• US B-1B bombers arrived in Norway on February 22 for the very first bomber implementation ever to that country.
  • NATO officials stated the implementation shouldn’t be seen as a danger, but the bombers’ abilities should be clear.
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4 United States Flying force B-1B bombers arrived at Ørland Air Station in main Norway on February 22 for what authorities state is a “historical” deployment implied to familiarize United States airmen with brand-new terrain.

While United States bombers frequently train with Norwegian airplane, they typically fly out of another major base in the area.

” This is the first time that we are producing flights in collaboration with our close ally, Norway, in addition to running from Norwegian soil,” Lt. Gen. Steven Basham, deputy commander of United States Air Forces in Europe and Africa, informed press reporters Friday.

” There’s always something that’s just a little bit different” at a brand-new airfield, Basham said.

Air Force B-1B Lancer bomber Norway

United States airmen unload a B-1B at Ørland Flying Force Station in Norway, February 22,2021

US Air Force/Airman 1st Class Colin Hollowell.


” Under our most recent concept of Agile Battle Work, we have got to maintain the level of dexterity and versatility to operate from several places,” Basham added, describing a functional idea in which airplane and airmen train to deploy from main “hub” bases to a range of “spoke” airfields

Operating from Norway is also a chance to acclimate to a cooler environment– an issue more for airmen than aircraft, Basham said– and to train more with their Norwegian equivalents.

The location enables “incorporating most likely a bit more often than we might from other places with their fighters [and] their navy,” Basham included. “Being on the ground with them before we run and after we run likewise produces a distinct opportunity to learn.”

Lt. Gen. Yngve Odlo, chief of the Norwegian Joint Head office, which manages the country’s military operations, said the implementation is “a vital part” of making sure the US and Norway can collaborate because area and its conditions.

United States bombers are “a tactical property, and it is highly essential to both of us … to be able to have the best processes” to use them, “if needed,” Odlo said.

On target

Air Force B-1B Lancer bomber Norway

2 team chiefs by a B-1B at Ørland Air Force Station, February 26,2021

US Air Force/Airman 1st Class Colin Hollowell.


The B-1Bs in Norway flew their very first Bomber Job Force objective on February 26, conducting “ tactical integration” with a Norwegian F-35 and marine possessions over the Norwegian Sea. (A preliminary press release stated they trained in the eastern Barents Sea, much closer to Russia, however a representative told Insider that was “a quick miscommunication.”)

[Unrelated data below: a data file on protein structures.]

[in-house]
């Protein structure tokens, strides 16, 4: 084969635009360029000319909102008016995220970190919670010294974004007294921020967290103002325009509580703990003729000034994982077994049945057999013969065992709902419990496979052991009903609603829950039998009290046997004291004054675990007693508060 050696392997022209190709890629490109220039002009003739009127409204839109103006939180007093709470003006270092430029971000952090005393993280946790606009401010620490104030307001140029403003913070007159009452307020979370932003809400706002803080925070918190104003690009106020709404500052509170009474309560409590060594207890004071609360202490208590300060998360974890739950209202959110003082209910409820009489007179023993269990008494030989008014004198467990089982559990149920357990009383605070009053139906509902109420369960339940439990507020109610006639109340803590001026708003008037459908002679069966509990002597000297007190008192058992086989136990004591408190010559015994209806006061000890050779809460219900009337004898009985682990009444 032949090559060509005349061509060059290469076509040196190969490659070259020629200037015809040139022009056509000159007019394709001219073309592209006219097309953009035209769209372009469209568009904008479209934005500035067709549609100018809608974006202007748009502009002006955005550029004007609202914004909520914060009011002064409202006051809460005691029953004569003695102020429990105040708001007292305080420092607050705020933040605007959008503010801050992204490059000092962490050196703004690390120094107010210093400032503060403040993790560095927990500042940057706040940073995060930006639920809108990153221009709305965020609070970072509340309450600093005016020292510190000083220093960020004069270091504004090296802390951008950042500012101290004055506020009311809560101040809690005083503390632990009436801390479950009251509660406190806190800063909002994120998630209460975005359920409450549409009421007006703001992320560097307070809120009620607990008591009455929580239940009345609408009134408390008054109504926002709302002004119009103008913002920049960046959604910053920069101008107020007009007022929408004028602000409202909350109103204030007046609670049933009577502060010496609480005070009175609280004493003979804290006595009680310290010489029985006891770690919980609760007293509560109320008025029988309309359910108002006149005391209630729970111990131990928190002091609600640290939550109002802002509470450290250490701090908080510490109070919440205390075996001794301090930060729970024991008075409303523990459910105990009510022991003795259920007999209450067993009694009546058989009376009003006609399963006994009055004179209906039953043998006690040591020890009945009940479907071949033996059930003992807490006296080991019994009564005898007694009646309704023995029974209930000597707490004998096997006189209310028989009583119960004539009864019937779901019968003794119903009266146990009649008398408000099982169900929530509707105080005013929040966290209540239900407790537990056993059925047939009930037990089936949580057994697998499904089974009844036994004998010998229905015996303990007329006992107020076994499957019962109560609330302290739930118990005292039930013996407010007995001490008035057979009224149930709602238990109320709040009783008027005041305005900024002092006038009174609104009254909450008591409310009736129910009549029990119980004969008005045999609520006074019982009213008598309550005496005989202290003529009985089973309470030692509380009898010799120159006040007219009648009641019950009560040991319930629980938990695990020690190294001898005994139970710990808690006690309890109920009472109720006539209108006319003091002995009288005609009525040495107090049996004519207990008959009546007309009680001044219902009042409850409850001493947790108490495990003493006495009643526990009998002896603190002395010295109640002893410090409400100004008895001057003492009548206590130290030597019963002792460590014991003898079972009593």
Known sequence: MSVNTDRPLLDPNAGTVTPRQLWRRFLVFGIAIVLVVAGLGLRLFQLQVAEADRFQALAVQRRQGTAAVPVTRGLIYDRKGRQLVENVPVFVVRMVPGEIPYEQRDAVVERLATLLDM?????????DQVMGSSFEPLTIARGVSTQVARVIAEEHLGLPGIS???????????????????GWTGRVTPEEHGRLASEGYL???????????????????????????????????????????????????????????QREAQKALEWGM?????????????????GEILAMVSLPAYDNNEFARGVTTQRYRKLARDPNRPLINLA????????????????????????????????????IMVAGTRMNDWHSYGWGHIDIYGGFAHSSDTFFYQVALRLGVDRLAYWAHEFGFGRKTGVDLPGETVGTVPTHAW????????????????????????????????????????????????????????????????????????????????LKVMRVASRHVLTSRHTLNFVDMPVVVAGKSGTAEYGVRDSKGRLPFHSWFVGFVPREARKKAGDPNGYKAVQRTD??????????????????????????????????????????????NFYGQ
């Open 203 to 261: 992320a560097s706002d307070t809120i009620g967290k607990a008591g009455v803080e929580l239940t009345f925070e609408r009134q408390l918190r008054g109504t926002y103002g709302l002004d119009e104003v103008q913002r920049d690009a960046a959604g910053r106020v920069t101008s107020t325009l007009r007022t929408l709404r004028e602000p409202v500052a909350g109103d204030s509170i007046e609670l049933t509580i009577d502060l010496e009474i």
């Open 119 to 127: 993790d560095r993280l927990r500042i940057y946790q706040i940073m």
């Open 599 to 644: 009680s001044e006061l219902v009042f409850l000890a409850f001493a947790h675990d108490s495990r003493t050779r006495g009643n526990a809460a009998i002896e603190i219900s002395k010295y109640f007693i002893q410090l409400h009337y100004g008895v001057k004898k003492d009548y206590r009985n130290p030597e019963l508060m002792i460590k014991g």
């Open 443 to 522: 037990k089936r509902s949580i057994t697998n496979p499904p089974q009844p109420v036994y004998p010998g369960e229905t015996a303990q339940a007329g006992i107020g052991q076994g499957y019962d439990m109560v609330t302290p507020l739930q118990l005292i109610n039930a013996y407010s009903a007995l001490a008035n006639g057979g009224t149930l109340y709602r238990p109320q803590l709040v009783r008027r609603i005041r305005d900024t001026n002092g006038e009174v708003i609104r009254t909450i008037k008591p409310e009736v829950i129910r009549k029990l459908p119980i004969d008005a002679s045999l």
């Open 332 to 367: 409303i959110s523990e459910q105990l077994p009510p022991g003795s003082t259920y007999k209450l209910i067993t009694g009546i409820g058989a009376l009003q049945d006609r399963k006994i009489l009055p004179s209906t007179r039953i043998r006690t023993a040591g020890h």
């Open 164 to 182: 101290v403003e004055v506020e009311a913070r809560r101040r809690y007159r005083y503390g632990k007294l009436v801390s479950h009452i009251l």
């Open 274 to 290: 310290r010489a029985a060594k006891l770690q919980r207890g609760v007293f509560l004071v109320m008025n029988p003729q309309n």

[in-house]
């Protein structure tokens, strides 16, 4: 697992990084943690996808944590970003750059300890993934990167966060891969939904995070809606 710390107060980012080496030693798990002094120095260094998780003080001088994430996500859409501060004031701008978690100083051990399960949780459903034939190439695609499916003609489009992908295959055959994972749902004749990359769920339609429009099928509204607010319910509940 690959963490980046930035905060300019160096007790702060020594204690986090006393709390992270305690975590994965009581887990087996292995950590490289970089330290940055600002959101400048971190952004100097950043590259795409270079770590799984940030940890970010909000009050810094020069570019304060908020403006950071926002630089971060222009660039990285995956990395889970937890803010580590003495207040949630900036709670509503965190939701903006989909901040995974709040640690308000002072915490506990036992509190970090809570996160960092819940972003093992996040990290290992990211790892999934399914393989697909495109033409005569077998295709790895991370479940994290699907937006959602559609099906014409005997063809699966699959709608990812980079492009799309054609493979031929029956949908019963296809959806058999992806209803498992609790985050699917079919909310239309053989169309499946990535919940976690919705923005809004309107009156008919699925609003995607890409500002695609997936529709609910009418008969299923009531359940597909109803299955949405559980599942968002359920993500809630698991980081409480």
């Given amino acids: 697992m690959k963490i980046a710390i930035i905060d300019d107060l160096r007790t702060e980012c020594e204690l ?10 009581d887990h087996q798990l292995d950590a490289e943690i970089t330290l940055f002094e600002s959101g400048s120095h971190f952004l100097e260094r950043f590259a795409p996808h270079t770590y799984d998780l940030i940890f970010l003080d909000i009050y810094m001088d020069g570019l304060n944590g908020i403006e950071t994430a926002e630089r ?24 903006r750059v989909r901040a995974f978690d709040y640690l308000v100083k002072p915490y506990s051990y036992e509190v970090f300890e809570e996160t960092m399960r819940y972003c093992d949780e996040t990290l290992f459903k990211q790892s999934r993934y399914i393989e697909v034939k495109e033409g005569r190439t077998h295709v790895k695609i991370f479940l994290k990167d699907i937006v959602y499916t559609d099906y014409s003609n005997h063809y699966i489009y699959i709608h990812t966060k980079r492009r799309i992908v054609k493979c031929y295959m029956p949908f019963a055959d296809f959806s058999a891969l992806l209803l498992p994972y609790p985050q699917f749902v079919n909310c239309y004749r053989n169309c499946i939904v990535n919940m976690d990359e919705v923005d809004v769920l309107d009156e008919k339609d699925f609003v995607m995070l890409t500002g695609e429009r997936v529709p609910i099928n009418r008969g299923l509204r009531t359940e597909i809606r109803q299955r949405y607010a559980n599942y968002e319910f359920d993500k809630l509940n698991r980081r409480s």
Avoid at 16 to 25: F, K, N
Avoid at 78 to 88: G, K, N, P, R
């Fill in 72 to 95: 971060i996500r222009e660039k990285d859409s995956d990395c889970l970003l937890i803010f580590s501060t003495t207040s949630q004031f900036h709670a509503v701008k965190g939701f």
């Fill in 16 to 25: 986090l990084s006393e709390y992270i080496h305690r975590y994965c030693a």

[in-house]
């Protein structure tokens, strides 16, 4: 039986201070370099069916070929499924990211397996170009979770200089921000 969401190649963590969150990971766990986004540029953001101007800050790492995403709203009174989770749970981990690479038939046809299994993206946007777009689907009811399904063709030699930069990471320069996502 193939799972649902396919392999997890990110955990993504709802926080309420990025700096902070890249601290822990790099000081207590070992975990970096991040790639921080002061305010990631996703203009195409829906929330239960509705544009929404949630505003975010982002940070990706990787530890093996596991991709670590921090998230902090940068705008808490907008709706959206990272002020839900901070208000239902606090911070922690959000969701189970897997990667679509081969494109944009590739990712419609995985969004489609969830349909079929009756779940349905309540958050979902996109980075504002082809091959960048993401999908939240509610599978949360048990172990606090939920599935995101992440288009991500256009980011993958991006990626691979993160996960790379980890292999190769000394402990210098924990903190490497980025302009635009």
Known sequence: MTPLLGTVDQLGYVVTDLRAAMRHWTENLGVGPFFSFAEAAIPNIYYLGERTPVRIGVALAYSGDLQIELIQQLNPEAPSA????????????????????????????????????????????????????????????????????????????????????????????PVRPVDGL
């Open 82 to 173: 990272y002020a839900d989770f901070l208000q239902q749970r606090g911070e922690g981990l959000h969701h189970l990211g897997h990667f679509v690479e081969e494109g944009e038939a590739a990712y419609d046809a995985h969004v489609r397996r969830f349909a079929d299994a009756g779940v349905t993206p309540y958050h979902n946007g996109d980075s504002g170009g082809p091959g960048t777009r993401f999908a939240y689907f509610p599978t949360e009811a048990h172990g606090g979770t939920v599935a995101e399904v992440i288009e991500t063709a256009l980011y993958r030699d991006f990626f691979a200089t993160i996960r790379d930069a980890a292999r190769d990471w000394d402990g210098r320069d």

In early March, two B-1Bs trained with Danish, Polish, Italian, and German fighters over the Baltic Sea and flew over the capitals of Estonia, Latvia, and Lithuania– “a testament to the unrivaled strength and ability of the NATO alliance,” said Gen. Jeff Harrigian, leader of United States Air Forces in Europe and Africa.

The US bomber teams’ training will also include working with joint terminal air controllers and special-operations forces to drop inert munitions, which “permits that sensing unit on the ground to get in touch with the shooter, and in this case the bombers, to be able to practice dropping weapons in various environments,” Basham said.

” I can inform you, as a B-1 pilot, that not all terrain looks the same,” Basham included. “It has a various look on radar, and working with different individuals, there are always the unique obstacles of accent or simply the ability to ensure that we comprehend precisely what we’re doing.”

” The one thing you’re always thinking about if you’re ever required to utilize in an area such as this … you normally do not get a very first possibility to practice and then a 2nd opportunity to prosper,” Basham said.

‘ Some reverberations’

Air Force B-1B Lancer bomber Norway

A Flying force public-affairs specialist files a B-1B landing at Ørland Flying force Station, March 3,2021

US Air Force/Airman 1st Class Colin Hollowell.


Broader tensions between NATO and Russia, heightened after Moscow’s 2014 seizure of Crimea, loom over the bomber implementation.

Norway is NATO’s northernmost European member, and its border with Russia is adjacent to delicate Russian military setups in the Arctic, where both NATO and Russia are more active

Norway takes its neighbor’s issues about military activity into account, but Moscow still views NATO operations in the area, particularly bomber flights, warily.

Two weeks before the bombers arrived, Russia launched video footage of Russian Tu-160 bombers on “a planned flight” over the Barents, Greenland, and Norwegian seas. Days later on, Russia said it would perform rocket tests in waters between the Barents and Norwegian seas, which was viewed as a sign of displeasure over the bombers’ approaching arrival.

On Friday, Odlo and Basham stressed that the release was normal military activity.

There are always “some reverberations from the political side of the house,” when Norway invites “close allies” to run there, “which is normal,” Odlo stated.

Basham restated that the release should not be seen as a hazard but said it was a reflection of US abilities.

” If somebody were to take a message that you’re not restricted to one particular location, that would be a good message for them to perceive,” Basham stated.

Filling Something is filling.

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US Flying Force
B-1B
B-1B Lancer
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